Multiple Senior White House aides have confirmed to the American Conservative that the Trump Administration is now considering new proposals to achieve what the White House hopes would be a “breakthrough” in what are now long-dormant talks with North Korea. If a deal can be struck, the hope is that the agreement would be signed in a potential third summit this Fall, in an Asian capital within train or flying distance of Pyongyang.
None of this is shocking, per se. Both the Trump administration and the Kim regime have made passing references about a potential meeting for several weeks now. And while Pyongyang has sent conflicting messages on whether a summit is of firm interest—Chairman Kim Jong-un’s sister, Kim Yo-Jong, for example, offered very mixed messages about a potential meeting in a press statement last week—the White House is working under the assumption that there is enough of a chance that the Kim regime is interested that it is “worth making the attempt.”
The Early Idea That Failed: A Return to the Six-Party Style Talks?
Back in the spring, White House officials working with the State Department and members of the U.S. intelligence community considered an idea to resurrect a multilateral framework to entice North Korea back to the bargaining table and not restart long-range missile testing that could threaten the U.S. homeland in the future.
Based on the idea of the old six-party talks of the 2000s—a format that while having achieved an important joint statement in 2005, collapsed time and time again—was to bring into the fold Russia and China as potential partners. The hope was that a format for long-term talks that could result in a deal would be established, and that bringing in North Korea’s two closest allies along with Japan and “at least one other partner,” according to a State Department source, could achieve a breakthrough.
So what happened? One White House official explained that it was never clear if Trump ever really fully supported the plan in the first place. However, he was willing to give it a try, especially if it would bring North Korea back into a set negotiation process and spark a potential summit. Another White House source explained that Pyongyang was pitched the idea sometime last month but it “went nowhere.”
What Format, What to Offer and Timing
Undeterred, at least for now, Team Trump is developing an idea of a bilateral summit that will achieve clear deliverables for both sides. They clearly do not want a summit that can be slammed as a photo-op and can, as Secretary Mike Pompeo said on Wednesday, only hold a meeting if it “can make real progress.” While White House sources were clear there is still an ongoing debate on what to offer North Korea, the idea is to pitch something where Trump can’t be called weak by the Joe Biden campaign and offers North Korea enough where they will take at least, what was called by one White House official, a “modest step” towards denuclearization.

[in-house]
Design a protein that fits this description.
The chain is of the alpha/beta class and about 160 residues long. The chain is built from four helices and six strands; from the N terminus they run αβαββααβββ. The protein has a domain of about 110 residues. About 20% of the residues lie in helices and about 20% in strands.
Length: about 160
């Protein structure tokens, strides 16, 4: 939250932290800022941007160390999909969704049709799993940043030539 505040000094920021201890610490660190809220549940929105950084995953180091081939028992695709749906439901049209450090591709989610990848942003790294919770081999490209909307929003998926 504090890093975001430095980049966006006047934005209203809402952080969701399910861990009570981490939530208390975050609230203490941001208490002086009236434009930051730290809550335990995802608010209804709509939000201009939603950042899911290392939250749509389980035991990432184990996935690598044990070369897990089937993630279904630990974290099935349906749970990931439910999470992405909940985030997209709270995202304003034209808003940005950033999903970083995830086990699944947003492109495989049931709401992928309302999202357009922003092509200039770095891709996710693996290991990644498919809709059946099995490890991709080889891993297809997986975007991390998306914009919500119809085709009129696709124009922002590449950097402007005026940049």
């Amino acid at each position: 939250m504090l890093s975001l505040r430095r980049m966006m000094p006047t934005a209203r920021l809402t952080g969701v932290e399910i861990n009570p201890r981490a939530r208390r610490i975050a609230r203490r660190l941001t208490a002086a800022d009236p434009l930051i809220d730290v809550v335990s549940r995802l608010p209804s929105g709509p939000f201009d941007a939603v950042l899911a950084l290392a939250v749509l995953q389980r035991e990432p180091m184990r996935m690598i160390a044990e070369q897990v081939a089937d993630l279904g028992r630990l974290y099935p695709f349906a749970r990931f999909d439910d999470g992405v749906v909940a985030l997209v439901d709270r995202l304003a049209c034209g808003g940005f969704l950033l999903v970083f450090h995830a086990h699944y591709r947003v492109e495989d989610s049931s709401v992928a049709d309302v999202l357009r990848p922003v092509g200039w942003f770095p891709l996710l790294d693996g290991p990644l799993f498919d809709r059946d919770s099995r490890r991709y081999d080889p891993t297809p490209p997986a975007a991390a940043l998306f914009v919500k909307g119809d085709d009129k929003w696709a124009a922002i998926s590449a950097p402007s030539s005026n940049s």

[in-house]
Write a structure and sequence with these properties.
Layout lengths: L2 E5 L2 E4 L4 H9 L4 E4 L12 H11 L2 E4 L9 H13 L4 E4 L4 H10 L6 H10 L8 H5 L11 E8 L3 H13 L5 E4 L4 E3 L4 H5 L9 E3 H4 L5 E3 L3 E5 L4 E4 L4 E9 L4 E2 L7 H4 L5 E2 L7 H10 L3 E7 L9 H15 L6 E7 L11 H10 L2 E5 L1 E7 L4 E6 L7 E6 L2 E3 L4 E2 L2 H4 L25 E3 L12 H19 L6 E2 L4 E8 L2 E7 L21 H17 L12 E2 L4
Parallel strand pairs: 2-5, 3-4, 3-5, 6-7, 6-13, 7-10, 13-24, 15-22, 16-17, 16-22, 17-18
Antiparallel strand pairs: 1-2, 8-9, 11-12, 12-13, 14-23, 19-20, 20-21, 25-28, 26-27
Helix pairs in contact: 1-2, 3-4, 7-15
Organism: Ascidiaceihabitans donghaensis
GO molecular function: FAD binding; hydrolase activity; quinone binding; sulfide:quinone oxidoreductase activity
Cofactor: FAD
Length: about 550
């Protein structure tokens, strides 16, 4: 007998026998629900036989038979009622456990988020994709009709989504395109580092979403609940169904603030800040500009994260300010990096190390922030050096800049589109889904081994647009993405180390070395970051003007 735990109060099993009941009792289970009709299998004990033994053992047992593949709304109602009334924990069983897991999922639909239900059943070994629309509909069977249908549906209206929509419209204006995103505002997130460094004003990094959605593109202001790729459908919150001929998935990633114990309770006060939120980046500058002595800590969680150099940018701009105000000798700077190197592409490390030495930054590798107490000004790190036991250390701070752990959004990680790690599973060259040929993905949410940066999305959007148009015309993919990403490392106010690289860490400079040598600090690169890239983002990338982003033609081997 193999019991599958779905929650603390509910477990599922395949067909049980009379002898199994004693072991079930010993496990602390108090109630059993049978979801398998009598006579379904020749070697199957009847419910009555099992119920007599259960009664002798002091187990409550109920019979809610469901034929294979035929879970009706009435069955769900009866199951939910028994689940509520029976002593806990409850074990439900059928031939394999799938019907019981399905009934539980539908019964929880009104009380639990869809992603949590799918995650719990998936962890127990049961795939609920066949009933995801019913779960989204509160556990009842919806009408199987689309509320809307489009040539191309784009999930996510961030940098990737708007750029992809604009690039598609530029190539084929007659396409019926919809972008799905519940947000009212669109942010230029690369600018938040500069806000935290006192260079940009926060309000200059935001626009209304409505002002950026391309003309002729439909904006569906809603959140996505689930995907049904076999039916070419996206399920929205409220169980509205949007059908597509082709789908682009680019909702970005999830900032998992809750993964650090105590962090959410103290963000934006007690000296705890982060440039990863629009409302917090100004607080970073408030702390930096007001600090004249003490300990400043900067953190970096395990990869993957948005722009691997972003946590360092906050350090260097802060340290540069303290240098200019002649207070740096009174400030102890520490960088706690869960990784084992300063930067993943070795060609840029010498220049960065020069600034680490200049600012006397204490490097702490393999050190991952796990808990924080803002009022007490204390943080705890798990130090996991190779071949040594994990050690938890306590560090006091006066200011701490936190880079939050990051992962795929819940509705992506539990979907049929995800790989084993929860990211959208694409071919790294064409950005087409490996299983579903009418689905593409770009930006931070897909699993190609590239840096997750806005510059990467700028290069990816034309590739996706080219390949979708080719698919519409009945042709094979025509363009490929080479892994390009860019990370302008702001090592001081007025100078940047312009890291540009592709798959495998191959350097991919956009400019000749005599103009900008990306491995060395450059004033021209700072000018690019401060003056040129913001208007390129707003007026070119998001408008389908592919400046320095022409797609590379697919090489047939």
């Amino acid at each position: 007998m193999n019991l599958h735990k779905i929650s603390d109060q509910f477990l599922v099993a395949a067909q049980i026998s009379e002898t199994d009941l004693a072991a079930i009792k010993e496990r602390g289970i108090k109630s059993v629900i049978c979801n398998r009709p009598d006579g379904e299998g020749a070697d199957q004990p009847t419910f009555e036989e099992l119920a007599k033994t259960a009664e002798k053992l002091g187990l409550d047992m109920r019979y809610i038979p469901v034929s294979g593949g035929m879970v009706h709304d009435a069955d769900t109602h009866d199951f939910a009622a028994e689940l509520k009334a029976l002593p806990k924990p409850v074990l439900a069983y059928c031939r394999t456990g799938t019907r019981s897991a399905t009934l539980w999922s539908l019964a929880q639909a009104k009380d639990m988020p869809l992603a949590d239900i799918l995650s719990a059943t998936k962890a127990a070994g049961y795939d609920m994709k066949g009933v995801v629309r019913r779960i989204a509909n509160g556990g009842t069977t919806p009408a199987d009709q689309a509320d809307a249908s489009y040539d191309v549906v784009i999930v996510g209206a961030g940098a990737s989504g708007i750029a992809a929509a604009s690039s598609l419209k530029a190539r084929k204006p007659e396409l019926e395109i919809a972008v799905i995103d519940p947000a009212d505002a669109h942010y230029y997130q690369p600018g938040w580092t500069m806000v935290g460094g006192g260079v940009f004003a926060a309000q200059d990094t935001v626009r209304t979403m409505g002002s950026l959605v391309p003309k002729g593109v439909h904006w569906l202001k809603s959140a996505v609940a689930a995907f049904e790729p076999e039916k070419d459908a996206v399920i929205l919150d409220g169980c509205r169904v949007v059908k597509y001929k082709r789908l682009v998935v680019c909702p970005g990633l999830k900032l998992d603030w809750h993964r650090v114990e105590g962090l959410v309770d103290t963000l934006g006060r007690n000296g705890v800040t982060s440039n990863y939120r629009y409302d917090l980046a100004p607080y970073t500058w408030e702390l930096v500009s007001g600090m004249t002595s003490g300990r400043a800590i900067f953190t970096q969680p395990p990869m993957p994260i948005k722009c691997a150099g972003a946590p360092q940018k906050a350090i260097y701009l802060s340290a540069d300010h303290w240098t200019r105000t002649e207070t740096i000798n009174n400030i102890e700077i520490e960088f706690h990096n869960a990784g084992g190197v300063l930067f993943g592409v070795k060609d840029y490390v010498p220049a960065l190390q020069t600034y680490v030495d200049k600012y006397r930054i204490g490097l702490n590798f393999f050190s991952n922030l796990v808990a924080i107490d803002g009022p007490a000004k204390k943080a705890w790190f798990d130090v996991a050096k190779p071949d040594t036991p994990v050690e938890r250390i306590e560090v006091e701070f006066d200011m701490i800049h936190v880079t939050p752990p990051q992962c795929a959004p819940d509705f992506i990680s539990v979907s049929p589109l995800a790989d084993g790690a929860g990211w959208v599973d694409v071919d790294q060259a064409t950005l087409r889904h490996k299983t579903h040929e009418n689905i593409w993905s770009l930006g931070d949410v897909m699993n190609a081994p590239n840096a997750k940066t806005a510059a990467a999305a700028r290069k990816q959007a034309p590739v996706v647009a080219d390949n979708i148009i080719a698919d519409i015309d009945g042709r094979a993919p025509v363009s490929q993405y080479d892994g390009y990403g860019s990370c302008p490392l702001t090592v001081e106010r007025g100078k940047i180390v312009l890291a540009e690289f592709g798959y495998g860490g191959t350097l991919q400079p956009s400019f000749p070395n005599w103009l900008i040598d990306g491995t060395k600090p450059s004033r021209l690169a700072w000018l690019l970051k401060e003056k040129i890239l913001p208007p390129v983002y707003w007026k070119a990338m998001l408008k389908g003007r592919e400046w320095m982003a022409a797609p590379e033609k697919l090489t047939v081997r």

For the moment, the idea is to offer a “customized package of sanctions relief” according to two White House sources in exchange for a reciprocal package that includes the dismantlement of one or more key nuclear production facilities as well as a formal nuclear and missile testing moratorium pledge. There is also interest, this time according to a State Department source, of securing a freeze in North Korea’s nuclear weapons production as well as the halting of production of any fissile material as well as missile production.
To many Korea watchers, such a package might seem similar to others that have been on offer in the past, especially the deal that was constructed during the 2019 Hanoi Summit: North Korea would have traded the sprawling 300-plus building and nuclear complex at Yongbyon for an end to the most crippling of UN Security Council sanctions.
Would the administration really just pitch the same old deal or something similar? Sources in Trumpland I spoke to understand that for both sides, going back to the same deal won’t work. However, what the White House hopes to do is see what sanction or sanctions could be rolled back for each concession North Korea specifically is willing to make, with the goal of understanding what value can be placed on each trade. “We need to know what value they place on things and what might be a reasonable offer—that’s how we will know if a deal is really possible,” explained one White House source. “We are willing to trade concession for concession and are willing to put a lot of new things on the table and truly get creative and take some risks we have not in the past. We just need to know what North Korea is looking for. We want to make this work.”